What is Aeco Legal Tech doing?
Aeco is a startup offering digital transformation services to the legal industry. Depending on the digital maturity of an organisation, we offer different solutions. Our most advanced offering consists of an API where an organisation with in-house developers can directly leverage our tax model. This so-called “Tax API” provides programmatic access to (tax) legislation and is a world premiere in offering tax services to corporations. This allows corporations to programmatically access tax regulations and use them across their business in a digital and integrated way. Potential use cases are internal as well as external and can range from simple calculations to complex optimisations.
Instead of each business custom developing internal tools, they can now use Aeco’s robust foundation and algorithms to boost their digital offering. This allows them to jumpstart their innovative business models and gain a competitive advantage without having to worry about programming and maintaining the tax legislation.
Why did you decide to build an API?
An API essentially means that people can use your technology directly, without the need for custom applications and front-ends. For us this means that our already existing tax model can now be leveraged without the need for an Aeco developer to intervene.
What is the API doing exactly?
The API is an interface to our in-house developed tax model. This is a mathematical model that contains many relevant Belgian tax legislation, knows how to link them and use them for calculations and optimizations. For example our model can answer questions such as:
- How much social security contribution should somebody that lives in Leuven, with two children and an income of 50K pay?
- Is it beneficial for a self employed person to start a one man company?
- Should a self-employed person use fixed costs or real costs?
What were your main challenges while building the API?
The hardest part was, and still is, the documentation. Both using an API and tax legislation can be complicated. When you put them together things get even more complicated. We need to find a balance between giving the user flexibility with our tax model and not overwhelming them with options.
How did you get the info you needed to start building an API?
One of our co-founders is a CTO of a technology company. He knew exactly which frameworks would fit our needs.
Who are example consumers of your API?
Currently, we focus on companies providing accountancy and tax software, larger accountancy firms, financial institutions and insurance brokers. However, the goal is to reach anyone who wants to add value to their existing products and services by adding tax calculations and insight.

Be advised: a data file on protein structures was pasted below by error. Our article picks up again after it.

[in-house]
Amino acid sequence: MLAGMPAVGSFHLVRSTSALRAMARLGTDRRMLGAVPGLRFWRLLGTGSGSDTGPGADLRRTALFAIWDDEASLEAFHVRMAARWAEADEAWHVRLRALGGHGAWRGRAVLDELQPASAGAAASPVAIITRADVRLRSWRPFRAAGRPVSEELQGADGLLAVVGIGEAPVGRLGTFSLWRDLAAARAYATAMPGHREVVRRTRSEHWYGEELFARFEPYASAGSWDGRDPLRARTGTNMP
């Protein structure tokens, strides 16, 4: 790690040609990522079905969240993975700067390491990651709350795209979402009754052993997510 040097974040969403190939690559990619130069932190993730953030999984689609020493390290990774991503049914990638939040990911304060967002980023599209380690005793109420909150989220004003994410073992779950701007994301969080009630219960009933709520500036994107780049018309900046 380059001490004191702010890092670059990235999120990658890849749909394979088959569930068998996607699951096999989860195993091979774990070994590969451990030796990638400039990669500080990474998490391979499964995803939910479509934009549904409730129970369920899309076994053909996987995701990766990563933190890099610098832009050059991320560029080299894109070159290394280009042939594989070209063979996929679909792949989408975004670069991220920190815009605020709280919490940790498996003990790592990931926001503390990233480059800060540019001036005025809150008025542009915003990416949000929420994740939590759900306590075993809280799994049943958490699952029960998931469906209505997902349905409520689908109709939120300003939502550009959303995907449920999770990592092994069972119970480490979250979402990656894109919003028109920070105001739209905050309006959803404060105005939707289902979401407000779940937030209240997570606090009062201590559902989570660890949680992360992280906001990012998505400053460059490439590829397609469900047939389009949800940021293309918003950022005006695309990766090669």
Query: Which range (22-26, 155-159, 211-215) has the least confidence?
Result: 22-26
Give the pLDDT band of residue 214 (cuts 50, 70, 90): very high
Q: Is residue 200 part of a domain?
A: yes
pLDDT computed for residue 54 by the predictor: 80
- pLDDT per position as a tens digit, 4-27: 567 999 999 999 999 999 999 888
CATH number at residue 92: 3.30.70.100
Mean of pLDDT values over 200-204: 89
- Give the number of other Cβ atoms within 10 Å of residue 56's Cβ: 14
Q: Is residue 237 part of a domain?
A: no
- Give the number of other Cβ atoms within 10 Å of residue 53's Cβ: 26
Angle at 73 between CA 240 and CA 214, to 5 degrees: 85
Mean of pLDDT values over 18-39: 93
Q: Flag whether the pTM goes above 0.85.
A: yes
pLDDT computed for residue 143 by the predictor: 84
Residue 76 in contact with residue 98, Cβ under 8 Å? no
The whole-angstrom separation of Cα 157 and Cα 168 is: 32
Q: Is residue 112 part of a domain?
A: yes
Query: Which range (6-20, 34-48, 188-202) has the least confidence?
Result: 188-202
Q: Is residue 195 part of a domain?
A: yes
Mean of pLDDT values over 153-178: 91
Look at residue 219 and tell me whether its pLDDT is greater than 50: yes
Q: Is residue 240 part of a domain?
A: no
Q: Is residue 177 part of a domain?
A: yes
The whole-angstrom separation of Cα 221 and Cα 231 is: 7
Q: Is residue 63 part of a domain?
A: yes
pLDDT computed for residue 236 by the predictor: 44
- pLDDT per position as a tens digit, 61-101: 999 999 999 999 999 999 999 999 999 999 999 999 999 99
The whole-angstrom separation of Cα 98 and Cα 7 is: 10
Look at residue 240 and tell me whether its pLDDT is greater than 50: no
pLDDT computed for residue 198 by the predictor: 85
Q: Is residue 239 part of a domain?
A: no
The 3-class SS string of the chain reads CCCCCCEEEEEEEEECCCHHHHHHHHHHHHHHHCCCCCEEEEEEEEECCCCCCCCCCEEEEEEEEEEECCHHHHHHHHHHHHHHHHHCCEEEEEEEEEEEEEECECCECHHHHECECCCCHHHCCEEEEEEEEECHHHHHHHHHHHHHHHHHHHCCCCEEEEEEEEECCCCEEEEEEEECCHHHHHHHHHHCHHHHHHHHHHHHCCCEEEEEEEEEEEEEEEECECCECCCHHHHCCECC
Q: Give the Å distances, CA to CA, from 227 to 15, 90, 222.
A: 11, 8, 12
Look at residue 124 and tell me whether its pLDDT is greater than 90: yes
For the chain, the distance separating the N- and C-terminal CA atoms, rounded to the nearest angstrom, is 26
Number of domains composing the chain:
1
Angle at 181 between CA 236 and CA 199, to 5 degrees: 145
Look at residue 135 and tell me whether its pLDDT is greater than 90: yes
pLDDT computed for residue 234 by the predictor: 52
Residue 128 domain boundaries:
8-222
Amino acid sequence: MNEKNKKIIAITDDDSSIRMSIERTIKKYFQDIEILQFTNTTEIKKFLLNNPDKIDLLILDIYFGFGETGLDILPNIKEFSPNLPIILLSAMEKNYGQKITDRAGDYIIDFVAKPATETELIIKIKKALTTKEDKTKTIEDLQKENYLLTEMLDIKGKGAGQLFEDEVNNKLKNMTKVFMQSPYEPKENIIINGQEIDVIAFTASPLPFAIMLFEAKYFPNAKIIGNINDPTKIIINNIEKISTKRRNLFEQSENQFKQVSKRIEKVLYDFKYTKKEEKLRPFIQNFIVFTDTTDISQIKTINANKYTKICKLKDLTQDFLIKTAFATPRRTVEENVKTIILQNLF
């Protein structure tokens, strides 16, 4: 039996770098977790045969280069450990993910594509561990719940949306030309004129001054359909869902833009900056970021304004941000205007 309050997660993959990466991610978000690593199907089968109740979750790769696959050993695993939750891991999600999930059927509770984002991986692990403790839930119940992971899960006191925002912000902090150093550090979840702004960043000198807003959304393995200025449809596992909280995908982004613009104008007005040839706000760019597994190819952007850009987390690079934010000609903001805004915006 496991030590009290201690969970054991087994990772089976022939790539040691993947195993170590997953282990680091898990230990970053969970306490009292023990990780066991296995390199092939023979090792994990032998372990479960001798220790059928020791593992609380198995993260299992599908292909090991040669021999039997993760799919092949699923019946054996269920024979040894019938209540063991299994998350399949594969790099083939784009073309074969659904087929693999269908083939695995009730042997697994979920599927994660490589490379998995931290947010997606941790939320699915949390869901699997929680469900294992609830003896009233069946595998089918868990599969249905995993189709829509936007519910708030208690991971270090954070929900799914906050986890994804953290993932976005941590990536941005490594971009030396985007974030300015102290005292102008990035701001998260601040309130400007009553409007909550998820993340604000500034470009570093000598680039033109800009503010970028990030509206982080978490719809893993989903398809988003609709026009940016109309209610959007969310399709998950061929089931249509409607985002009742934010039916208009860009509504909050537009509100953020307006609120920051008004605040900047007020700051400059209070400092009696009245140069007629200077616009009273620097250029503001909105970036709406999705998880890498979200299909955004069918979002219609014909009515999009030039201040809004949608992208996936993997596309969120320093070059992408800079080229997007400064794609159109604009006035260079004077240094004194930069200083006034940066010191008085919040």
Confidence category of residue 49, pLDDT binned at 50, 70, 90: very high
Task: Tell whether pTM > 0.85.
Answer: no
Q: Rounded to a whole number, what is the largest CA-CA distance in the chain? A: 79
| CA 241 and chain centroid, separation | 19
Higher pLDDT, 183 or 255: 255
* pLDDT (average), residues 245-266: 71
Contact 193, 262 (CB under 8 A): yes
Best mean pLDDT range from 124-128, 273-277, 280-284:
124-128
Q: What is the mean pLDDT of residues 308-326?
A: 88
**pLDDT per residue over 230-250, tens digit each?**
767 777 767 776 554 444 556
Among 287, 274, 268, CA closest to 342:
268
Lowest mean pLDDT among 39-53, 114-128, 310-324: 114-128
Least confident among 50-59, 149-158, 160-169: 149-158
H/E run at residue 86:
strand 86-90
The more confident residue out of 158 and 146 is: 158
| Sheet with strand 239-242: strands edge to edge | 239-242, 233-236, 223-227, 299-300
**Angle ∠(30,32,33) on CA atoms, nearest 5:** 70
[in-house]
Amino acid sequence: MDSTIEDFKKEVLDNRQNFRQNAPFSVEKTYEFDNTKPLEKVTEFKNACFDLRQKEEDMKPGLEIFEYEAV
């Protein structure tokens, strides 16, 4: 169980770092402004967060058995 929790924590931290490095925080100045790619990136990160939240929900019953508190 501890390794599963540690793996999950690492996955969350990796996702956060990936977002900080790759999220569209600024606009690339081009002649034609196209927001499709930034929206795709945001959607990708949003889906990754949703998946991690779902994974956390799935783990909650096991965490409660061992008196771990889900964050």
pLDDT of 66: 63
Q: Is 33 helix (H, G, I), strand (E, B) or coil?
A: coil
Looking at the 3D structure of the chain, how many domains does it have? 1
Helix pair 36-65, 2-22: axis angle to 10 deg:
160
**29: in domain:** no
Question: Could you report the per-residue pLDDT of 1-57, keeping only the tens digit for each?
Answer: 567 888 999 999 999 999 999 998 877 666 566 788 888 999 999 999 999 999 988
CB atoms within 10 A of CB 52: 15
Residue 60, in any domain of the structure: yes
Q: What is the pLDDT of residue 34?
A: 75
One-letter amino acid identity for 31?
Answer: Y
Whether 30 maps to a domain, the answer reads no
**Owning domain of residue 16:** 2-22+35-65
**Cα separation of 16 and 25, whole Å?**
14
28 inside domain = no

Other potential users include universities that can leverage the api for research and development and governments who can use the API to improve evidence based decision making and tax policy.
I read that you created documentation; how did you approach that?
Writing good documentation is a challenge in and of itself. So you need a good framework to make things easier. We used the python framework FAST API, which is an alternative to the popular Flask framework. FAST API combines code with documentation: while you are developing your different endpoints, documentation will be automatically generated containing information about which data types to expect in the request and the response. Also the docstring comments from your python file will be converted into markdown documentation that is readily available in the docs.
Are you thinking of monetizing this API?
The aim is to keep the API free for everyone until they are monetizing the service themselves. A great example is our cooperation with Bothive, a communication platform for accountants. They use our Tax API to incorporate a gross to net calculator in a chatbot. Our pricing is based on a pay per use which scales easily with their business model.
How do you control whether companies are monetizing the service or not?
The free version does not come with any guarantees about uptime and accessibility. If you are monetizing your service you probably want to be sure that our service is available: if you want this guarantee, you will need to pay.
Also we monitor our API closely. If we have a huge spike in usage, we can track this down to see where this is coming from. If it turns out that this is a commercial service, we can contact the owners.
Do you have plans to build other APIs or enlarge the scope of this API?
Definitely. We will gradually increase the number of legislation accessible through the API. Also we are looking for a way to extend the current documentation with documentation that is relevant for non technical readers. By doing this, legal experts and developers can start from the same source, and once things get too technical a developer can refer to the precise documentation of the endpoints. For the implementation of a more extended documentation we are looking to the docusaurus 2 framework.
Any other recommendations you would like to share with the API community Belgium or entrepreneurs thinking to provide services via APIs?
- Make sure that your API is not “blind”: you need to know who is using your API, how they are doing this and when things go wrong. At Aeco we use firestore for logging API requests, sentry for error monitoring and a custom integration with google chats to notify our developers instantly when errors occur.
- Test your API regularly: our tax model is written in python and we use the pytest library to test our endpoints on a recurring basis. Also each time an update or bugfix is performed, all end-points are tested.
- Try to get to know your users: when an API key gets requested we first ask a couple of questions to see what kind of people are using our services. At the end of the day, all the technical details do not matter one bit if you are not providing an added value to your users!